When the fever went above 103 on Saturday, with no new symptoms other than an incredible lethargy that had me carrying him in a mei tai all day with his head resting on my chest while he clutched his beloved froggie blanket, we brought him to the urgent care clinic. No pneumonia, thank goodness, but he has a nasty virus in his lungs, which we got to see in all its glory on a chest x-ray. Dr. K prescribed lots of fluids and rest, and sent us home to wait it out. He's still a little lethargic, but his fever broke yesterday afternoon, and his appetite is starting to return, so we think that he's finally on the mend. This kid is going to have built up one heck of an immune system by the time he hits kindergarten.

Incidentally, LL loved getting the chest x-ray. He thought the equipment in the radiology room was really cool. The tech needed him to raise his arms over his head for one of the x-rays, and was explaining that we should ignore his protests and force him to do it, but when the tech was ready to take the picture, S and I just yelled "touchdown!", LL raised his hands over his head, the x-ray was taken, and then LL clapped. Easy peasy.

LL got lots more chances to celebrate touchdowns on Sunday, Packers v Cardinals wildcard game. Highest scoring playoff game in NFL history! Too bad it ended with such a heartbreaking loss. Not the game I was expecting, and certainly not the ending I was expecting. So sad.

Wednesday, January 6, 2010


I value my anonymity, as much as possible, so I have never posted any photos here. (I know that I'm probably not as anonymous as I like to think -- if somebody who knew me were to read this blog, they'd know me instantly. But if somebody were to google me using any search terms I can reasonably think of, I don't think that they'd find this site, and I've decided that metric is good enough for me to call it anonymous.) (Please don't disavow me of this belief.) But, it does make me a little sad that I've never been able to post any photos of LL. I'm a tad biased, but he is really very cute. (Especially when he runs to our patio door, points at a squirrel, and barks, which he has been doing on a near-hourly basis lately. Not that I could capture his barking in a photo anyway.) To fill the void left by the lack of photos, and because my mother said something to me the other day that I just have to share, I present a written description of LL. Or rather, a part of LL. The part that is currently his defining feature, aside from his toothy grin. The feature that every single stranger we meet in the grocery store must comment on: his hair.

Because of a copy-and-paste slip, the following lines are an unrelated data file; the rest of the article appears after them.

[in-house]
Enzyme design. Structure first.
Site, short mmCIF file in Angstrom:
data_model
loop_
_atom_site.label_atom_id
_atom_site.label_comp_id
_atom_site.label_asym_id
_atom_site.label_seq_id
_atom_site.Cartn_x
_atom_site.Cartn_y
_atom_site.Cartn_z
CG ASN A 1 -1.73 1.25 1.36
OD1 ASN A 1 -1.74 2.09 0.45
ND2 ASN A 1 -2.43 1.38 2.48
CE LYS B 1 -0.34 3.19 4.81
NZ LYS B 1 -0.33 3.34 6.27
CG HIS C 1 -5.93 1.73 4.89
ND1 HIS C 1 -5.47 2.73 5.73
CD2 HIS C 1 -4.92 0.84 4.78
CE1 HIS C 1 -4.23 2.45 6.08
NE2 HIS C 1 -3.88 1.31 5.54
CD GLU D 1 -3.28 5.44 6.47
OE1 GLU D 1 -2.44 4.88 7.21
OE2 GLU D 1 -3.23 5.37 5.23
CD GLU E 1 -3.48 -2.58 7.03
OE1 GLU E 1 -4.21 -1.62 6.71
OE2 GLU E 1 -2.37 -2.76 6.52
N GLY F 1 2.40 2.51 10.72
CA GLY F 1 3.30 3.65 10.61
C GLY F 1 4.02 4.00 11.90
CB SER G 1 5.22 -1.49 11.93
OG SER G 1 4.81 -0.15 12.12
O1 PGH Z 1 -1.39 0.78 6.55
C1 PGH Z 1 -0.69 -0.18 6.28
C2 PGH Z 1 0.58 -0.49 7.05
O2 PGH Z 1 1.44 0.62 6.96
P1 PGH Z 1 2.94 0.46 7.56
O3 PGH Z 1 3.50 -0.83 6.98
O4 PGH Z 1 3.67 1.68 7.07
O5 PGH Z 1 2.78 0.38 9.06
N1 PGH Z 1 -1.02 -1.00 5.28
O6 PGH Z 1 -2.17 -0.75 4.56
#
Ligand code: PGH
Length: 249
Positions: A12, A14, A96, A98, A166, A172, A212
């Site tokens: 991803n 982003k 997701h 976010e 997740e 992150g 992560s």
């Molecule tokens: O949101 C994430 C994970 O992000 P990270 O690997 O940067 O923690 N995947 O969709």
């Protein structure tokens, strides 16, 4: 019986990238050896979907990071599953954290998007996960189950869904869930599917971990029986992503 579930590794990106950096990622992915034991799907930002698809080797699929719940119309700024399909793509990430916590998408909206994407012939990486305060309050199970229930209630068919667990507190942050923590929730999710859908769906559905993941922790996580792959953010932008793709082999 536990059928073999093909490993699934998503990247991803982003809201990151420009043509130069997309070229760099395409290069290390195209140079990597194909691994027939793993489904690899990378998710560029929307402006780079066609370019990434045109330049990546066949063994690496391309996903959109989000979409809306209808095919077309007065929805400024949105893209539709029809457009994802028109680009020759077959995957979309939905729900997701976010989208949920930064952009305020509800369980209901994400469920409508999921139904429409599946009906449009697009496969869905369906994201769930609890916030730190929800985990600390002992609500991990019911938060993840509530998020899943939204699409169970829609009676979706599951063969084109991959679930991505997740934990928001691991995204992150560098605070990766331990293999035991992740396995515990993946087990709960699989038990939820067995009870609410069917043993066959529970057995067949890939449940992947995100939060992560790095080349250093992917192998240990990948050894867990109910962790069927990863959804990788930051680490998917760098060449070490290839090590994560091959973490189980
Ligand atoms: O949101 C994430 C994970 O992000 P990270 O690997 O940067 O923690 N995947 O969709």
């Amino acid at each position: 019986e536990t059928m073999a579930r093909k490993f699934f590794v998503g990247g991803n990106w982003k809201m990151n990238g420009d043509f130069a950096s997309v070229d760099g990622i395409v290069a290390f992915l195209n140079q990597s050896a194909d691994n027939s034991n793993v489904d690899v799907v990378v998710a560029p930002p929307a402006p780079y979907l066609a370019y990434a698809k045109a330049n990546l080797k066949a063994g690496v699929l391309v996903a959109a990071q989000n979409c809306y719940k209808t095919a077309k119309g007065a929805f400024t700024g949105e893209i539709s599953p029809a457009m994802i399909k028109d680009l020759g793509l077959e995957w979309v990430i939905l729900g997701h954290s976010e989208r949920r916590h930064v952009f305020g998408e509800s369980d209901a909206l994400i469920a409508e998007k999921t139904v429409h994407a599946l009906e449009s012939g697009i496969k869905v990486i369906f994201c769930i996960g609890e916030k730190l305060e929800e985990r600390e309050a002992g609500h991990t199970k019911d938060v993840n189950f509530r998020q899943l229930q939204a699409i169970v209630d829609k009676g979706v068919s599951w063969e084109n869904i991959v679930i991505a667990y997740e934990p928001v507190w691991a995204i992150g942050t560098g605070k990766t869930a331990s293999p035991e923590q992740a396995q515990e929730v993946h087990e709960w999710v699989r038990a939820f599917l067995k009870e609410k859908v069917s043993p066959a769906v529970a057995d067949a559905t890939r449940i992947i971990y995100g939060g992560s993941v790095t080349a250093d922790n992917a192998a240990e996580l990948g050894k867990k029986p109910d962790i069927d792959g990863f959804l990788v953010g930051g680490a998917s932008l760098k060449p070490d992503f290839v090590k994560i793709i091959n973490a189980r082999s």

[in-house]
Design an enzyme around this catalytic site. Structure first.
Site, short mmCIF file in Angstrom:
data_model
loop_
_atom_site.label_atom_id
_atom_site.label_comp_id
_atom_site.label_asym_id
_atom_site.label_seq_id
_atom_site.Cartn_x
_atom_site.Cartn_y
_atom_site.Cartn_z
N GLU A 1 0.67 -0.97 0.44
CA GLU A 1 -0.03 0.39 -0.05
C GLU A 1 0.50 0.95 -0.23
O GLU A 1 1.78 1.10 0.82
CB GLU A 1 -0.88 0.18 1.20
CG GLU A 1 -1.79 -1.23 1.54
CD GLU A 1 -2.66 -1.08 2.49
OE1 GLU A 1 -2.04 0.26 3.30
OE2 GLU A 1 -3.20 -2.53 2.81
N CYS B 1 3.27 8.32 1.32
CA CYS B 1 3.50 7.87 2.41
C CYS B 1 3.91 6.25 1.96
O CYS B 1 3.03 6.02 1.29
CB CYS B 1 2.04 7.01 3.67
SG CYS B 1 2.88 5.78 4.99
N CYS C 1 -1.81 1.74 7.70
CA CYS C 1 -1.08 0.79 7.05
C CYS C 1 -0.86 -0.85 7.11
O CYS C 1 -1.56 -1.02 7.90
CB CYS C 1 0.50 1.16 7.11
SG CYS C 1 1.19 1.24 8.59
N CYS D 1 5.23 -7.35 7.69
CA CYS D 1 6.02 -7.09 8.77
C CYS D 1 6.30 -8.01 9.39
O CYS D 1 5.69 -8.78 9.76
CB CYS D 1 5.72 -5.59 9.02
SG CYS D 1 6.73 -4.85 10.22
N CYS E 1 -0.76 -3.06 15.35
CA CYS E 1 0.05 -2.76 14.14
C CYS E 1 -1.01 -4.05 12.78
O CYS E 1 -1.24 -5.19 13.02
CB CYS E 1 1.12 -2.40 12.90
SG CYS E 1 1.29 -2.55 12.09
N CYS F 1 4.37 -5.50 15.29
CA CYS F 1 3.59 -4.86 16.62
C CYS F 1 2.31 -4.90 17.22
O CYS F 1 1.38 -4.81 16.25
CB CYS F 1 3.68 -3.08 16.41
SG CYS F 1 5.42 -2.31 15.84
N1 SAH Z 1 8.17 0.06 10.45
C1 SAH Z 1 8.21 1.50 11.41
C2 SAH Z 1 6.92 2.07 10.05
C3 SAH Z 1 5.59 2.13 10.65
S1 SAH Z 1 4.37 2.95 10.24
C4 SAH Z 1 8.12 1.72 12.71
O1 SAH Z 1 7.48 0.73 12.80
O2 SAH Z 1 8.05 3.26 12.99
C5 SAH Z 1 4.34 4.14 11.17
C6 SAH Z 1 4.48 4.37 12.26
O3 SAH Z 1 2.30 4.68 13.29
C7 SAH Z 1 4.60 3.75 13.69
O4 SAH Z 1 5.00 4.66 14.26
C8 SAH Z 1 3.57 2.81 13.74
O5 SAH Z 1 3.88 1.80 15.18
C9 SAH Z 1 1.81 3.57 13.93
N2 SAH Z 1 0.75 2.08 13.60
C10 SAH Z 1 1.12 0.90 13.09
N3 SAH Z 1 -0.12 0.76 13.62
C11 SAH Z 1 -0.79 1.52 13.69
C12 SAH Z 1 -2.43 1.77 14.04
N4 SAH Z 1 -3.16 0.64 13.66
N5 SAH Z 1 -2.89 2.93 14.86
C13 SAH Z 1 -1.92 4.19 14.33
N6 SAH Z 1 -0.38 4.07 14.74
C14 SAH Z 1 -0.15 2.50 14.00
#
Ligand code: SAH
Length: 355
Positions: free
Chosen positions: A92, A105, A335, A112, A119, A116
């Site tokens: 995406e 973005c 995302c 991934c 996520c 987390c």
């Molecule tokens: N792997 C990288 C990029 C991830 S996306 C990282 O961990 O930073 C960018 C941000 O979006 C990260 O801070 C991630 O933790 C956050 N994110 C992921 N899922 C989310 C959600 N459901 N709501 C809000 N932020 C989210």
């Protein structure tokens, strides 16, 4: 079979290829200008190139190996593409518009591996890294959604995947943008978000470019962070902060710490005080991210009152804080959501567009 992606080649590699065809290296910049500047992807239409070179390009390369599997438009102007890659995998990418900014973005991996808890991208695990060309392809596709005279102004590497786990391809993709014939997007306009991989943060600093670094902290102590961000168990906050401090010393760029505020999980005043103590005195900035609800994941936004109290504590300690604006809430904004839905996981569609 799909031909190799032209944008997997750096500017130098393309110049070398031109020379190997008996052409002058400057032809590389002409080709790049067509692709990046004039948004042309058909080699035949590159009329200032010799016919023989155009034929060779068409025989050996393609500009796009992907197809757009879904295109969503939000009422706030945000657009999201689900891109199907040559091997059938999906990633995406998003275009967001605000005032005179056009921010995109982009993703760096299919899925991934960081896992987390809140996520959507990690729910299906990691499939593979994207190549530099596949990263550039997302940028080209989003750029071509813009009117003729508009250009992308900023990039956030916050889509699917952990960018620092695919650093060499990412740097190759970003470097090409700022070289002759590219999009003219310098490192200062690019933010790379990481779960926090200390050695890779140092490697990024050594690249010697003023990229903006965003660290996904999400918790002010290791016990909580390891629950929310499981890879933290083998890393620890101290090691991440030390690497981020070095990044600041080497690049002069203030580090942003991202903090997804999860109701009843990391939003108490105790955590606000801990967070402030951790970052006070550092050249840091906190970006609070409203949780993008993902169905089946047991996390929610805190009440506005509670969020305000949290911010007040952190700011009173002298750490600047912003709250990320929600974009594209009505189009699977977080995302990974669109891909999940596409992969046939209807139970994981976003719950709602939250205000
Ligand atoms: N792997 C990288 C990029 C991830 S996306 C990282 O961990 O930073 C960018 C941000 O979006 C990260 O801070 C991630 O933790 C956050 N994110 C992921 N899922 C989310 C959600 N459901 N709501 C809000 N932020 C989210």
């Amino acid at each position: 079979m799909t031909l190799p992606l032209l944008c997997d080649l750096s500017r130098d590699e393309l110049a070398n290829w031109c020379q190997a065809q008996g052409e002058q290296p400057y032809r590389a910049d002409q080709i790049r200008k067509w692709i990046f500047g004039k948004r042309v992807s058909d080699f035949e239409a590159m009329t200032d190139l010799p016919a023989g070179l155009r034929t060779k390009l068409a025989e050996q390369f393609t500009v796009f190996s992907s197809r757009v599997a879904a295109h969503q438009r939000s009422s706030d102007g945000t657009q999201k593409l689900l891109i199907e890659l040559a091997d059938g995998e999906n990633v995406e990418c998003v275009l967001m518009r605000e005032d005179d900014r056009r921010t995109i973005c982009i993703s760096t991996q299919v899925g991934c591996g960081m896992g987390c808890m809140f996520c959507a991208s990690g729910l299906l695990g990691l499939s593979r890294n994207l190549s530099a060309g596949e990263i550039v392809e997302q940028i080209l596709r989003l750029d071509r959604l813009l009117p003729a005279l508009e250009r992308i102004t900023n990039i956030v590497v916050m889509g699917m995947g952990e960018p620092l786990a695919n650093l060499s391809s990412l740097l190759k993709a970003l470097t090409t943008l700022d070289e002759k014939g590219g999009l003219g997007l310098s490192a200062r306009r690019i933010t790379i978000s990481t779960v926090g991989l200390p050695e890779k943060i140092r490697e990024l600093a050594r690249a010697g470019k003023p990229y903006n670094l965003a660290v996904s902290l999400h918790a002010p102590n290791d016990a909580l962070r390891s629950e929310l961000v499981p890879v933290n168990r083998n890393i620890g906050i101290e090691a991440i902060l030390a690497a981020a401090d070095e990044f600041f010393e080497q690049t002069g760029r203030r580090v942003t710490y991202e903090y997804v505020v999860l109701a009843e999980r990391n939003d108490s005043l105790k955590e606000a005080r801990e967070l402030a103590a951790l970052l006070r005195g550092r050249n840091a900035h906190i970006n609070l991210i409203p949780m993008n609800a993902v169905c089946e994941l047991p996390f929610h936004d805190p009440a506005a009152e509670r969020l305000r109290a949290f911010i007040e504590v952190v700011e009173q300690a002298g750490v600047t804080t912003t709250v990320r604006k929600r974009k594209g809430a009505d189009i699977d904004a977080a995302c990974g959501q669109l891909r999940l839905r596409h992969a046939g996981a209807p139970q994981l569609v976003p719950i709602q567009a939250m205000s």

I have really curly hair. A lot of it. If I wash my hair, comb it, and then leave it sopping wet and don't touch it again, I have Shirley Temple ringlets two hours later. (If I'm lucky; on unlucky days, I just have a halo of frizz.) S has really curly hair, too. His curls are tighter than mine, and they fight even harder to just do their own thing. My mother, my father, my brother, and S's mother all have very curly hair, so this is a family thing for both of us. I have a photo of my father when he was three years old, and a photo of S at the same age, and they have the exact same little ringlets. It's adorable.